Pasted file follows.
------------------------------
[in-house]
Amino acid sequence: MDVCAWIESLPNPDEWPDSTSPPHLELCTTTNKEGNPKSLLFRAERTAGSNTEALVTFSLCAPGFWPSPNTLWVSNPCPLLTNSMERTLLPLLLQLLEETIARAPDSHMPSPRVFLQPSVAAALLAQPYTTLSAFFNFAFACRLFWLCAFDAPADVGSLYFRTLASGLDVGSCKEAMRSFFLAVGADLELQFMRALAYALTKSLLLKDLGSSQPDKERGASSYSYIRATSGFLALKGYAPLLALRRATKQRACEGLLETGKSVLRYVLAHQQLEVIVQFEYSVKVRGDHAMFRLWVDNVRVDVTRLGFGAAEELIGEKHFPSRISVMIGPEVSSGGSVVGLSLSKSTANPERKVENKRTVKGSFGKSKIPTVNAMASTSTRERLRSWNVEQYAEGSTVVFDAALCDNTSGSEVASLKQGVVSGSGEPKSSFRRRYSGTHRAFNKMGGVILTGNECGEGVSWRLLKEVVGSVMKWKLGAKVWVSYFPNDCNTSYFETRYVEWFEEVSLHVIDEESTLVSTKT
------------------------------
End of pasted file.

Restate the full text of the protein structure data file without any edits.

[in-house]
Amino acid sequence: MDVCAWIESLPNPDEWPDSTSPPHLELCTTTNKEGNPKSLLFRAERTAGSNTEALVTFSLCAPGFWPSPNTLWVSNPCPLLTNSMERTLLPLLLQLLEETIARAPDSHMPSPRVFLQPSVAAALLAQPYTTLSAFFNFAFACRLFWLCAFDAPADVGSLYFRTLASGLDVGSCKEAMRSFFLAVGADLELQFMRALAYALTKSLLLKDLGSSQPDKERGASSYSYIRATSGFLALKGYAPLLALRRATKQRACEGLLETGKSVLRYVLAHQQLEVIVQFEYSVKVRGDHAMFRLWVDNVRVDVTRLGFGAAEELIGEKHFPSRISVMIGPEVSSGGSVVGLSLSKSTANPERKVENKRTVKGSFGKSKIPTVNAMASTSTRERLRSWNVEQYAEGSTVVFDAALCDNTSGSEVASLKQGVVSGSGEPKSSFRRRYSGTHRAFNKMGGVILTGNECGEGVSWRLLKEVVGSVMKWKLGAKVWVSYFPNDCNTSYFETRYVEWFEEVSLHVIDEESTLVSTKT